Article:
After Baghdad – What Next?

That the two-day meeting of E3+3 with an Iranian delegation in Baghdad over the latter’s nuclear program has de facto been adjourned to be continued in Moscow on June 18 is probably the only outcome which may prevent the whole endeavor of being a complete failure. Sanctions were not to be removed off the table (or even softened), but why should Iran then give in stopping further enriching uranium?

In an uncommon move the International Atomic Energy Agency’s (IAEA) Director General Yukiya Amano was sent had arrived just hours before the Baghdad meeting in Tehran to negotiate a deal which would IAEA inspectors grant an easier access to suspicious facilities, most probably including that at Parchin which had been identified of having been the place of experiments with high-explosives a decade ago. Iran had signaled cooperation and willingness to sign a respective agreement (just an additional protocol to the Nuclear Non-proliferation Treaty, Iran is a signatory of since 1968). What else could be expected? Iran had done so already in 2003 (but never ratified it by its parliament) and only abandoned it in 2006 when facing several rounds of UNSC sanctions.

The upcoming report by Amano might shed light on what has actually been agreed upon and when Parchin and the respective building allegedly containing the high-explosive test chamber, which might have been cleansed in the meantime, can be visited. What IAEA inspectors are so keen to see there is, after all, unclear. ArmsControlWonk’s Jeffrey Lewis had yesterday debunked the hype in the West about the building which might have been the site of, illicit or not, experiments in the early 2000s. High-explosive test chambers just look different than the ominous computer-generated drawing which has been circulating for some time now and which only reminds us of similar disingenuous attempts by W. G. Bush’s Secretary of State Colin Powell when he tried to convince the public about the immediate threat of Saddam’s weapons of mass destruction nine years ago.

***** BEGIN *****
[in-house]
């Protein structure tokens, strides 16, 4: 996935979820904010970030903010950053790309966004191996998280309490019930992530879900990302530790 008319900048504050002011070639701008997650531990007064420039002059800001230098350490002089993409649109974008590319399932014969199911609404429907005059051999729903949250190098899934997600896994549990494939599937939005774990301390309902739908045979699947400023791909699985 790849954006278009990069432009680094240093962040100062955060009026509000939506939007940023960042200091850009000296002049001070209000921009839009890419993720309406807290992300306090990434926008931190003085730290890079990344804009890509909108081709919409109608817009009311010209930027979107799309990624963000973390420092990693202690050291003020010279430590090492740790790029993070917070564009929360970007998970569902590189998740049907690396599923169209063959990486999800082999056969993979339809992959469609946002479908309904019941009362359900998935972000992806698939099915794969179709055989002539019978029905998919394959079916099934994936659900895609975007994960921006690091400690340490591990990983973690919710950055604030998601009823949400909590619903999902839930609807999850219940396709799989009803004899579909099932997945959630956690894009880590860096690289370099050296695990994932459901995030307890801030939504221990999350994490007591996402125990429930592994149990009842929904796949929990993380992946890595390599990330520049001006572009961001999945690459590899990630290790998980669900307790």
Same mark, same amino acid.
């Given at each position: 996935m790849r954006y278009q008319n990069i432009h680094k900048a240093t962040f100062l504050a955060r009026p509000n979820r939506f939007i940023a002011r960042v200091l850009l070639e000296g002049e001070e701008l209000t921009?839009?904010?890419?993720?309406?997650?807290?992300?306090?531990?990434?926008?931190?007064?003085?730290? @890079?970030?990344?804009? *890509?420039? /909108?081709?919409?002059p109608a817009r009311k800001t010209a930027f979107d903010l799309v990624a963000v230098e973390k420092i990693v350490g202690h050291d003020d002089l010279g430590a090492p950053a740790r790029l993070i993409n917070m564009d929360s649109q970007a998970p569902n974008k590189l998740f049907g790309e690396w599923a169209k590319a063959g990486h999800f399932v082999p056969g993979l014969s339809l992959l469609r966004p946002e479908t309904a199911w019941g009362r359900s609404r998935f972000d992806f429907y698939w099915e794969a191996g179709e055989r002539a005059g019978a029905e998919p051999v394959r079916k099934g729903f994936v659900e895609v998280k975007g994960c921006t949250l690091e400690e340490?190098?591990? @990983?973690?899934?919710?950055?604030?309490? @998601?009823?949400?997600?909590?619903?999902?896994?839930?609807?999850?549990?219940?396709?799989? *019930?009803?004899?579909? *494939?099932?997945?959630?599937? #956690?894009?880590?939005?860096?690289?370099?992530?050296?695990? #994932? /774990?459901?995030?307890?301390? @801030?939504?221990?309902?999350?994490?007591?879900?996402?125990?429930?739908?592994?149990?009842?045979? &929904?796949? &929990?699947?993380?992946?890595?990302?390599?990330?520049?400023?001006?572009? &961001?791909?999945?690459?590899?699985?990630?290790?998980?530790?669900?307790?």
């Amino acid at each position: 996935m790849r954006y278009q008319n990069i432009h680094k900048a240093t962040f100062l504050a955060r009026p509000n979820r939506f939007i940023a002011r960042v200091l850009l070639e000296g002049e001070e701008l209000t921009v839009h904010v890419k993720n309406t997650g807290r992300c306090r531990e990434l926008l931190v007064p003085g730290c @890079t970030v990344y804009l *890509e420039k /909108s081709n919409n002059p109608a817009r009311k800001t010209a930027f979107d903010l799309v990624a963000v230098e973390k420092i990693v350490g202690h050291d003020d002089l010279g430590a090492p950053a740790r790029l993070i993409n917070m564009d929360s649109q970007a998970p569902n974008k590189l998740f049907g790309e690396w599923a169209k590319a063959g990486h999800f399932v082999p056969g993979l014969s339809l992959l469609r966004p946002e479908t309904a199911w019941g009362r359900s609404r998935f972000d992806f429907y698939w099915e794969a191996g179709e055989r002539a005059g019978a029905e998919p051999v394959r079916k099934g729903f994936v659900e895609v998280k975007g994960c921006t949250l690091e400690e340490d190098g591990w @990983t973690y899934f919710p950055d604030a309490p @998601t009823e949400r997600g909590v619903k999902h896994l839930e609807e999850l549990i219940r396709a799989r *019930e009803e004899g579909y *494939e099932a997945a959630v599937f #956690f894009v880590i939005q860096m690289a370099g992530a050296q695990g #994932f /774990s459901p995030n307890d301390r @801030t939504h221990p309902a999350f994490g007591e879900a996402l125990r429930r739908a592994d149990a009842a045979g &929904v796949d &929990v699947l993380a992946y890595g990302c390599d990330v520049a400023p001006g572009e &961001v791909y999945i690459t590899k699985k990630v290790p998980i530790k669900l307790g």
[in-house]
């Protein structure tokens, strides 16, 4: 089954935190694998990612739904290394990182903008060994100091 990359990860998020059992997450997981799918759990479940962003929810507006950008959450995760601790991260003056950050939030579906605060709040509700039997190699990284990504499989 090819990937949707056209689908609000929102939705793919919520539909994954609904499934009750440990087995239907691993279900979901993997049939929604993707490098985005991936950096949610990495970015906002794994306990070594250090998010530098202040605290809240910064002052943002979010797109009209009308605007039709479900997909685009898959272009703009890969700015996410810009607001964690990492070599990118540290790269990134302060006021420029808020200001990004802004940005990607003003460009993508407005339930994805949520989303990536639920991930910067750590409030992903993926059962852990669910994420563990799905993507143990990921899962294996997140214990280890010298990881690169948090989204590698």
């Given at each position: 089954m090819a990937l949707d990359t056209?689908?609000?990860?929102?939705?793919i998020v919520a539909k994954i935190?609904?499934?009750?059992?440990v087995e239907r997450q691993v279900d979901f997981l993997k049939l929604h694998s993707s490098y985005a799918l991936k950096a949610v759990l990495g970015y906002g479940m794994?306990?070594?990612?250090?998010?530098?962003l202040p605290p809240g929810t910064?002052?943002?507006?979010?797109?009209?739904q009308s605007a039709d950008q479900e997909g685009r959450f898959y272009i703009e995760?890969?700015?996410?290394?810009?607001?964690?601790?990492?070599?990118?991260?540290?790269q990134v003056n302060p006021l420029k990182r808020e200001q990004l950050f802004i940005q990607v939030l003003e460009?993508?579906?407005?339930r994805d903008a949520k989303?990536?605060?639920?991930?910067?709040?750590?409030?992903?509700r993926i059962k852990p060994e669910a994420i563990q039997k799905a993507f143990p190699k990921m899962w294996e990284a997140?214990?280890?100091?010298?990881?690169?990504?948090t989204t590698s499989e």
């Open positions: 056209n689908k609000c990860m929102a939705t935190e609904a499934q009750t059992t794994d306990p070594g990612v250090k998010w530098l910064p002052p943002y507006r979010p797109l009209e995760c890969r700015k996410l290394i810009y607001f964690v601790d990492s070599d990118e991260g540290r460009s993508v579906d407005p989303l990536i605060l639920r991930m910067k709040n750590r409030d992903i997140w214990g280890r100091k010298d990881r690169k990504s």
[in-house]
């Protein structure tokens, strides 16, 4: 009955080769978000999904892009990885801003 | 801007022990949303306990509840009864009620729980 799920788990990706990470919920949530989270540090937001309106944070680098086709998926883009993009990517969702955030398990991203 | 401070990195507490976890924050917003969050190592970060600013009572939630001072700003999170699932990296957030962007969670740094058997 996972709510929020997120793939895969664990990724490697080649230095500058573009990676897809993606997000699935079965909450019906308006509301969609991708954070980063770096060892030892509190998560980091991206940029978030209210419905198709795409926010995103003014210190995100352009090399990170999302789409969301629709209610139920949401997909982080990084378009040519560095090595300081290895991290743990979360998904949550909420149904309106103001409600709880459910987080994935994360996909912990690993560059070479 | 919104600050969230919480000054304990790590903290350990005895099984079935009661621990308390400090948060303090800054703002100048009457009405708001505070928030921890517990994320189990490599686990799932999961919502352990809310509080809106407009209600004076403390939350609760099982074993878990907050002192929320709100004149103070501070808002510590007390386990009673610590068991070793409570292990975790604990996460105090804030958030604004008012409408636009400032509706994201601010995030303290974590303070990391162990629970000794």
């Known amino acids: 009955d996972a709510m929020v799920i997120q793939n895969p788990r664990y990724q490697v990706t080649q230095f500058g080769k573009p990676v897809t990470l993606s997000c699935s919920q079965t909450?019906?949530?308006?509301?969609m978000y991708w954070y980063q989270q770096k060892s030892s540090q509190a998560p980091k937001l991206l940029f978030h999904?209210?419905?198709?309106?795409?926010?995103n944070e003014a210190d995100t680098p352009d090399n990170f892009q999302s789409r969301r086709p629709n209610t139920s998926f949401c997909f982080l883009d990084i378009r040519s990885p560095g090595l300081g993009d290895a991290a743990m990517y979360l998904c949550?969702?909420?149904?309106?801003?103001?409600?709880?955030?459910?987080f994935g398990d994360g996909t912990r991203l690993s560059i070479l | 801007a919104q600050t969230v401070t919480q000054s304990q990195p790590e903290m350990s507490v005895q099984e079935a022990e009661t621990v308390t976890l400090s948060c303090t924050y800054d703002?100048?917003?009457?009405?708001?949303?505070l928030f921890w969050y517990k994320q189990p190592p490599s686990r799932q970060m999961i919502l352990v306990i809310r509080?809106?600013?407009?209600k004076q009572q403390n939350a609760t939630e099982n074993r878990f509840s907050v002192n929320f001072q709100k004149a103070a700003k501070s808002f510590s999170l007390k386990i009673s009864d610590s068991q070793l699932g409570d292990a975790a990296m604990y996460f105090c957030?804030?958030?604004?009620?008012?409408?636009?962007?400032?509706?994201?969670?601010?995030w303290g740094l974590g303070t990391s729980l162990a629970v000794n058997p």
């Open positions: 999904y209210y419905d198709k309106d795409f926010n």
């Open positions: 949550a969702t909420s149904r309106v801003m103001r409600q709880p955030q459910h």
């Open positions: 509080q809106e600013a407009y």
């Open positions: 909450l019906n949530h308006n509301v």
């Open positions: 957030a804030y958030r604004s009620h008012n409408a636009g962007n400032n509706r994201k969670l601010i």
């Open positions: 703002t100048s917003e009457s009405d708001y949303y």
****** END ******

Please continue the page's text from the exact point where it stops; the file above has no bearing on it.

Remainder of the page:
The likelihood that a highly desired agreement between the IAEA and Iran is actually signed within the next coming days is, after next-to-nothing results of the Baghdad meeting, pretty small.

Last modified May 25, 2012.

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